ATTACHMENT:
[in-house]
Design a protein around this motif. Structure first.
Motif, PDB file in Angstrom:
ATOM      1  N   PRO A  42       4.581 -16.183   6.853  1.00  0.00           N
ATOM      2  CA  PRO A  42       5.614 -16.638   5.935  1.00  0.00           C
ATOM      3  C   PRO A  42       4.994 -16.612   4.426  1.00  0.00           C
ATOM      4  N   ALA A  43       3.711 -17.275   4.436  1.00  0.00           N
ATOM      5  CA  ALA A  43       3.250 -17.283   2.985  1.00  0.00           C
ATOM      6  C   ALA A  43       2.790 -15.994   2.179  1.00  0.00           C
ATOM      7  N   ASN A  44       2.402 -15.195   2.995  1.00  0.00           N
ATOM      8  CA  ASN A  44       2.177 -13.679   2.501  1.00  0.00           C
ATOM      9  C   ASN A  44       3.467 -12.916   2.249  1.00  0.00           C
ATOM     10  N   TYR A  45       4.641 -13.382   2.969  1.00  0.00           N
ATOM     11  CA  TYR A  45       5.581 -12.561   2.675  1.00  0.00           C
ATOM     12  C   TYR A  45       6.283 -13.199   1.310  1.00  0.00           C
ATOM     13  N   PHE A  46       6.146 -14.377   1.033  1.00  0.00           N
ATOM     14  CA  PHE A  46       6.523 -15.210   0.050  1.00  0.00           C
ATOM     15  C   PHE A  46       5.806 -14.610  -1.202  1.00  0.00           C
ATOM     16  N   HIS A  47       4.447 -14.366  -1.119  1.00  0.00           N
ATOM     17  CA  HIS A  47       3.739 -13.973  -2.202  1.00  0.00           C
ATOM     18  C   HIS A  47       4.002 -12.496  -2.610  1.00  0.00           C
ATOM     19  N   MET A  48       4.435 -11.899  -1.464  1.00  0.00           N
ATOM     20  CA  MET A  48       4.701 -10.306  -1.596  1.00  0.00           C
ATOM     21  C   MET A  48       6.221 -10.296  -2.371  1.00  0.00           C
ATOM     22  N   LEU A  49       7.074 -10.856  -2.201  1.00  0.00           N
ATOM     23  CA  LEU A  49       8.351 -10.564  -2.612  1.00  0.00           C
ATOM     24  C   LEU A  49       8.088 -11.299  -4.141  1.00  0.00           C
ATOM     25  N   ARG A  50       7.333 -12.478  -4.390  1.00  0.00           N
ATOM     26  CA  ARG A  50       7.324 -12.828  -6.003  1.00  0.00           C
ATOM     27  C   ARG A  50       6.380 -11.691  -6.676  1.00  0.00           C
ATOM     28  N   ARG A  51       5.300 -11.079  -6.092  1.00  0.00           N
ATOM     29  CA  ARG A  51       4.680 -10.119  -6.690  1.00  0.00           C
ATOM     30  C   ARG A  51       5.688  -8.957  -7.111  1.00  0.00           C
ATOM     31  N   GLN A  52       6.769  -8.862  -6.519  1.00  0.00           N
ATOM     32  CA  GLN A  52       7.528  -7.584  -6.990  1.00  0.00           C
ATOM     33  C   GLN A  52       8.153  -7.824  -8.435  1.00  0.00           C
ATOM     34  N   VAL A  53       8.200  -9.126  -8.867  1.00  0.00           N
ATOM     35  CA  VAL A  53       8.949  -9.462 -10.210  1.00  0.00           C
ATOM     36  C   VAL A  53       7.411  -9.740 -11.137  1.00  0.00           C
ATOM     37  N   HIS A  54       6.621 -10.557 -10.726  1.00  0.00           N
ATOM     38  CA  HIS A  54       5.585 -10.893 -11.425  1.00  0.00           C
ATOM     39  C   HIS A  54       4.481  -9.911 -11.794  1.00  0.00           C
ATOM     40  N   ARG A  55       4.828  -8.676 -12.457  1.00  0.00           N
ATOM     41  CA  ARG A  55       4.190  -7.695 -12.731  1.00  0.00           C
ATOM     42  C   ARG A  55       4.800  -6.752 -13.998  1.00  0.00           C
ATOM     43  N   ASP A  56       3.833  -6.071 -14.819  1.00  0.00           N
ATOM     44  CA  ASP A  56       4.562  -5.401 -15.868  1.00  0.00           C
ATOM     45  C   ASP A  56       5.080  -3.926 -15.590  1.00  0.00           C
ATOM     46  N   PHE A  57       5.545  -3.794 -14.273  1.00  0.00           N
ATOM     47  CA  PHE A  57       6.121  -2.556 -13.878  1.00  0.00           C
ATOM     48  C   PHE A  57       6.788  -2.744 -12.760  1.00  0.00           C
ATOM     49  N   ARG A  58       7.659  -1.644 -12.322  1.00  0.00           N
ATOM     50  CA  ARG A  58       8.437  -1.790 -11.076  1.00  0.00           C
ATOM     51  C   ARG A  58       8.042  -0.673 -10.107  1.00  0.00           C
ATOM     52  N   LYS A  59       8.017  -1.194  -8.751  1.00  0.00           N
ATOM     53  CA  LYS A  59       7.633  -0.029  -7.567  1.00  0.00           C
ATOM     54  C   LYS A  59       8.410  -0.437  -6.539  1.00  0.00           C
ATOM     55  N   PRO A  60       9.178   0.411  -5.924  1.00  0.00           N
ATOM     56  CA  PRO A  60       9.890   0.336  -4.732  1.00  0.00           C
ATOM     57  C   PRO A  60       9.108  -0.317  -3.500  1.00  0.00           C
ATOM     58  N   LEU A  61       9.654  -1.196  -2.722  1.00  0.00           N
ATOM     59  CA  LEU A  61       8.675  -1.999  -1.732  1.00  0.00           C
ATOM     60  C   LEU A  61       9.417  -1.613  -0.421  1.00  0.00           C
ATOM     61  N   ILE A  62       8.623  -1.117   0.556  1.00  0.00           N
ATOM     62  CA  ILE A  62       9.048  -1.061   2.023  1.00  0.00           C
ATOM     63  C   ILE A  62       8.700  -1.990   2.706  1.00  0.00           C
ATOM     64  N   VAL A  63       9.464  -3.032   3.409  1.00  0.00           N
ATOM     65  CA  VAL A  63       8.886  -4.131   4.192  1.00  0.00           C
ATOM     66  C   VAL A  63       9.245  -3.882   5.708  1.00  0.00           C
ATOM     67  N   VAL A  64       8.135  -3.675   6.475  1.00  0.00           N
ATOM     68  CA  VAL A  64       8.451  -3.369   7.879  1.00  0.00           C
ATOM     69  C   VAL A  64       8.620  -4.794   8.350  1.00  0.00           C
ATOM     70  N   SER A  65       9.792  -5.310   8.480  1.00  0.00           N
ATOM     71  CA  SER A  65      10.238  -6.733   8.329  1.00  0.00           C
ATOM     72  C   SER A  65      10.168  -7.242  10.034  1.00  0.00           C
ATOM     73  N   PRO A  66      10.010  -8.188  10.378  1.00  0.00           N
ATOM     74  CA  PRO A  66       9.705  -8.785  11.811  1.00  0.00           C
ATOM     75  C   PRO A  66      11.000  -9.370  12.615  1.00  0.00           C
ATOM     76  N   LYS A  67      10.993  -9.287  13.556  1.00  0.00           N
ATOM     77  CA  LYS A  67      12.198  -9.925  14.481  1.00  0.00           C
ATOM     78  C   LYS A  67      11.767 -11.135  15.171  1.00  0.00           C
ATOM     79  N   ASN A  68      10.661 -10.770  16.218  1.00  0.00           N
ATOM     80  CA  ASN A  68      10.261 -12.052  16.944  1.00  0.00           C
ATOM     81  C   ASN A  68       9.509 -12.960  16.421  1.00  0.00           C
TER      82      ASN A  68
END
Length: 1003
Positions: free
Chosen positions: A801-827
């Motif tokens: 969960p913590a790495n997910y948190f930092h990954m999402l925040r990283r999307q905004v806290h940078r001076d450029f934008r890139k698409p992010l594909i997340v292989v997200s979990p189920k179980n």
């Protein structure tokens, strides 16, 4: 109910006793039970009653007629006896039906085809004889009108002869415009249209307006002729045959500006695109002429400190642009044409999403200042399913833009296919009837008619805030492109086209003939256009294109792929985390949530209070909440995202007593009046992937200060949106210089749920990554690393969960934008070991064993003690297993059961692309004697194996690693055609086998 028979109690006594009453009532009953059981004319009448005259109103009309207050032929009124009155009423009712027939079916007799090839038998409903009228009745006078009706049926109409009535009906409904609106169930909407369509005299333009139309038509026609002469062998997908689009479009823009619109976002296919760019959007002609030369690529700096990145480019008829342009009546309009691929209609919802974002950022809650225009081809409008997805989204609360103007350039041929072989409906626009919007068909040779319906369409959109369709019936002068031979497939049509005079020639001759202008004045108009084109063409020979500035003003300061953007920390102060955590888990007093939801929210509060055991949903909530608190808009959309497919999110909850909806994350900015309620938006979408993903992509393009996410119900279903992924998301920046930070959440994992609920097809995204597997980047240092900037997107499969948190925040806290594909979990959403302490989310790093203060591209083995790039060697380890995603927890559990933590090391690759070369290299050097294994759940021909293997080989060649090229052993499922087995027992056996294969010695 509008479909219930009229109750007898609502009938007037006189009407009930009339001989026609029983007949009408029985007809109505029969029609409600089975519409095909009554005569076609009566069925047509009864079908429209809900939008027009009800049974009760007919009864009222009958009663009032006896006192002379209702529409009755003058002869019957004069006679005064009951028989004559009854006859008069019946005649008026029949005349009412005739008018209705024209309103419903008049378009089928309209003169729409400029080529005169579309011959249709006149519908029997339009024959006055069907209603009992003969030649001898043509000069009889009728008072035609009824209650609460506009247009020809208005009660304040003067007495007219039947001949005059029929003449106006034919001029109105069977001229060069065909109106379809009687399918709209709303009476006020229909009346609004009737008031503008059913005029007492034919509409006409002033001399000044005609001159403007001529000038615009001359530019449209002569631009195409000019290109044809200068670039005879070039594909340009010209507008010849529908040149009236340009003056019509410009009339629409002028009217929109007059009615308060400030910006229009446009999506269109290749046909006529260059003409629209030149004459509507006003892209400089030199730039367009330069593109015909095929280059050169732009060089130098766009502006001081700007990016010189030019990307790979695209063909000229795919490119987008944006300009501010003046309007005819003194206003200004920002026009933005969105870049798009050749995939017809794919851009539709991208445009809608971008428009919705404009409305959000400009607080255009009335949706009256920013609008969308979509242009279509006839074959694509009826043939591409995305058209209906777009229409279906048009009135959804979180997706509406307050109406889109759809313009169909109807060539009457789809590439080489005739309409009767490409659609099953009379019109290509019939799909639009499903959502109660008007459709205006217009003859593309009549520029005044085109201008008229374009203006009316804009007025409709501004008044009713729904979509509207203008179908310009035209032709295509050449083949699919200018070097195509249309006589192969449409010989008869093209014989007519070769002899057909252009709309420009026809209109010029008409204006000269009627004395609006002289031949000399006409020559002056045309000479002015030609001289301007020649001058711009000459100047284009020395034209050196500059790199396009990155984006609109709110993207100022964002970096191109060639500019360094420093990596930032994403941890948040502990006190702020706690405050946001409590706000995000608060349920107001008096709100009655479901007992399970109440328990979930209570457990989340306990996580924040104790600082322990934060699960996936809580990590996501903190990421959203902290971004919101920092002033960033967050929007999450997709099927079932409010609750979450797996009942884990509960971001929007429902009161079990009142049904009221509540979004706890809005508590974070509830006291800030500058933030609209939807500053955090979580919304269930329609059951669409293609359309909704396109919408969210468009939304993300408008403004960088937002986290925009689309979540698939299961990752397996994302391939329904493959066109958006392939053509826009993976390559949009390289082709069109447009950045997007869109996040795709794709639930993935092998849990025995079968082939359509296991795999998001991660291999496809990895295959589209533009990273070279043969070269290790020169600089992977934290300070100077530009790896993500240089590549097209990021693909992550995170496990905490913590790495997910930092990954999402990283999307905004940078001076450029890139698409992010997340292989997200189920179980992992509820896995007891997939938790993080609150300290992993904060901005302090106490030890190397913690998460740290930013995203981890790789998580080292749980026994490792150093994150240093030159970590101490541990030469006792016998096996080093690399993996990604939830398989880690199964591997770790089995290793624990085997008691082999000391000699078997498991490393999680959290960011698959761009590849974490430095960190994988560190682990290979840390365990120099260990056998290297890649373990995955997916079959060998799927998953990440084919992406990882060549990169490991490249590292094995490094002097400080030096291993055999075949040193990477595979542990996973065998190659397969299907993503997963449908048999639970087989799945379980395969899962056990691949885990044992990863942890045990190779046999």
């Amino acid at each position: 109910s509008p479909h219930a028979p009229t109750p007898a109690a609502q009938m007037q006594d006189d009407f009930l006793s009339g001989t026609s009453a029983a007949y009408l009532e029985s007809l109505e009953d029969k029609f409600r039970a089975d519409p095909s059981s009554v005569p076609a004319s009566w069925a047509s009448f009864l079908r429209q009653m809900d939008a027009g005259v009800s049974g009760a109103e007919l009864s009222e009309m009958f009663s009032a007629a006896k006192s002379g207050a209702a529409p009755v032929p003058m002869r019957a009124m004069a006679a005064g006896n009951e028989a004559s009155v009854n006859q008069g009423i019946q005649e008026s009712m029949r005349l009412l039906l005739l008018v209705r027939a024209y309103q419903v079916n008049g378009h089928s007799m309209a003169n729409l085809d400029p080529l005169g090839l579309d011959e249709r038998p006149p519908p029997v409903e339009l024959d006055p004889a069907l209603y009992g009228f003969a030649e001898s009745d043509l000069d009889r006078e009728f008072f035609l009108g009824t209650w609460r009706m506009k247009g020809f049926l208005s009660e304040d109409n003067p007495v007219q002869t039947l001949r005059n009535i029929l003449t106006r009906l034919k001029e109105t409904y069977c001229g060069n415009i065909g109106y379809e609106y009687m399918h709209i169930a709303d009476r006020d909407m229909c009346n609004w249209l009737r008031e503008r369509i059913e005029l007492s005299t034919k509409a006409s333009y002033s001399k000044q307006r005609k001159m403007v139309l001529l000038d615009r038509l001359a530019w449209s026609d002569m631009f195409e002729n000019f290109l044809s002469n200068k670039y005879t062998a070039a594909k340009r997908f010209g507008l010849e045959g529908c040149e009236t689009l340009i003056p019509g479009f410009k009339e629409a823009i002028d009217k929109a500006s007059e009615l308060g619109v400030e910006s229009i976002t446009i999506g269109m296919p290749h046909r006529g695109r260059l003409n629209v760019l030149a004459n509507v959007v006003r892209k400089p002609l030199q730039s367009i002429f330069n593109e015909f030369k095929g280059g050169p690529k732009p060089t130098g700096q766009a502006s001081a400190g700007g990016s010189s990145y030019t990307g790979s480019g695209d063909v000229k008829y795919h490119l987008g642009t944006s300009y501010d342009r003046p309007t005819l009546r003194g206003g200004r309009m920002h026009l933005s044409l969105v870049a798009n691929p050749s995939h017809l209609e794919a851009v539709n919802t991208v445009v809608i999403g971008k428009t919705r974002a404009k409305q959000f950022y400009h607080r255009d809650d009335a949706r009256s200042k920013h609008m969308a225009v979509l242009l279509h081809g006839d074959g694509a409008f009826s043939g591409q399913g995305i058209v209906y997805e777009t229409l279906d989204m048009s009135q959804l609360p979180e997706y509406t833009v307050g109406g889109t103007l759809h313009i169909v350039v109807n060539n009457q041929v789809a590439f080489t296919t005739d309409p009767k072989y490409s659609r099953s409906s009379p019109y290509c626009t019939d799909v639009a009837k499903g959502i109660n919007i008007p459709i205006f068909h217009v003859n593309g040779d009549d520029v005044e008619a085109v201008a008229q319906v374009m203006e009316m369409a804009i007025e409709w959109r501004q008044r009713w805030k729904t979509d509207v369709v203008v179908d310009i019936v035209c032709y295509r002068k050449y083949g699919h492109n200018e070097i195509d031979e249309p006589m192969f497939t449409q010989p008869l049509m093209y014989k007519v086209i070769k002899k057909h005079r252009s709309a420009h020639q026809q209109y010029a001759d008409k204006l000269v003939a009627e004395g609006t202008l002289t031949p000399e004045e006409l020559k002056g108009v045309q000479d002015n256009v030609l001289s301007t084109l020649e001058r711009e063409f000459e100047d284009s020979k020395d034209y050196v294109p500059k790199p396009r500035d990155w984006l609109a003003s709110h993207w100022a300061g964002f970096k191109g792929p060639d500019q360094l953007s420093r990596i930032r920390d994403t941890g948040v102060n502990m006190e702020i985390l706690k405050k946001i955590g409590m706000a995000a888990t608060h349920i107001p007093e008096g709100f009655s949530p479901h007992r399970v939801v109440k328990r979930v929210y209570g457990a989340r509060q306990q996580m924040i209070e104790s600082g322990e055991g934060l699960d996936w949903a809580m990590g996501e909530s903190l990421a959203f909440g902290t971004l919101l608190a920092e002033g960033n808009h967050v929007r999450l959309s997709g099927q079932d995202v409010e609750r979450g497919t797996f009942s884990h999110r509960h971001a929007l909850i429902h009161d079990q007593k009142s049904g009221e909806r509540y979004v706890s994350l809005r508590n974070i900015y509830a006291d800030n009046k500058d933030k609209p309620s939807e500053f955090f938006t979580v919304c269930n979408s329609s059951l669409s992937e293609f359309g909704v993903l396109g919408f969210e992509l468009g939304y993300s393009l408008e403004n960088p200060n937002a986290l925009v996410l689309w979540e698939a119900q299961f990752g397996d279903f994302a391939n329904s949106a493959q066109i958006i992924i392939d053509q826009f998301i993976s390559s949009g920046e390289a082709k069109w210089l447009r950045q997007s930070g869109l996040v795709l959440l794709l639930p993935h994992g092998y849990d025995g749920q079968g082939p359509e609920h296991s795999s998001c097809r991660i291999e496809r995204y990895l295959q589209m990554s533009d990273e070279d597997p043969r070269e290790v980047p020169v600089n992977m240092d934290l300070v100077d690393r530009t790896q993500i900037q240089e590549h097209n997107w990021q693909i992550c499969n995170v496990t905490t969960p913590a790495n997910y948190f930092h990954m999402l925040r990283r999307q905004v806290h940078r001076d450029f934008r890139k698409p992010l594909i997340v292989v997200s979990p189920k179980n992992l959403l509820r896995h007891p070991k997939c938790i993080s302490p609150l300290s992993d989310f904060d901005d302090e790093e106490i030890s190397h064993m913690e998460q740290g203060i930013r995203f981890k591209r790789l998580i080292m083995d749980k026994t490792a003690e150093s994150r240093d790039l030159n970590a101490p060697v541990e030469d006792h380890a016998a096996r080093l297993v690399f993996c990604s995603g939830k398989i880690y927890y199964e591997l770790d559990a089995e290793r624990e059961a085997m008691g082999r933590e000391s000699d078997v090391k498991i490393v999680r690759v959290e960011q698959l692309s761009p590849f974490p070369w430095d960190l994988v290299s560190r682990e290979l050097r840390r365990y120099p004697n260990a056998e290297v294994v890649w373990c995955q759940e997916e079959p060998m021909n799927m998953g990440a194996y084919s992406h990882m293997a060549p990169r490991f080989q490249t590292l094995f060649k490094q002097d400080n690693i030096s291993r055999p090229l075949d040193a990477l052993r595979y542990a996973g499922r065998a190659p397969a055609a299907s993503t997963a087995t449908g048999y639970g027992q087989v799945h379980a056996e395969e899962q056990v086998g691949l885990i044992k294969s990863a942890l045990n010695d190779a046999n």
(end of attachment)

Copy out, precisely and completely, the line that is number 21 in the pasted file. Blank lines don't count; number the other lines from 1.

ATOM     18  C   HIS A  47       4.002 -12.496  -2.610  1.00  0.00           C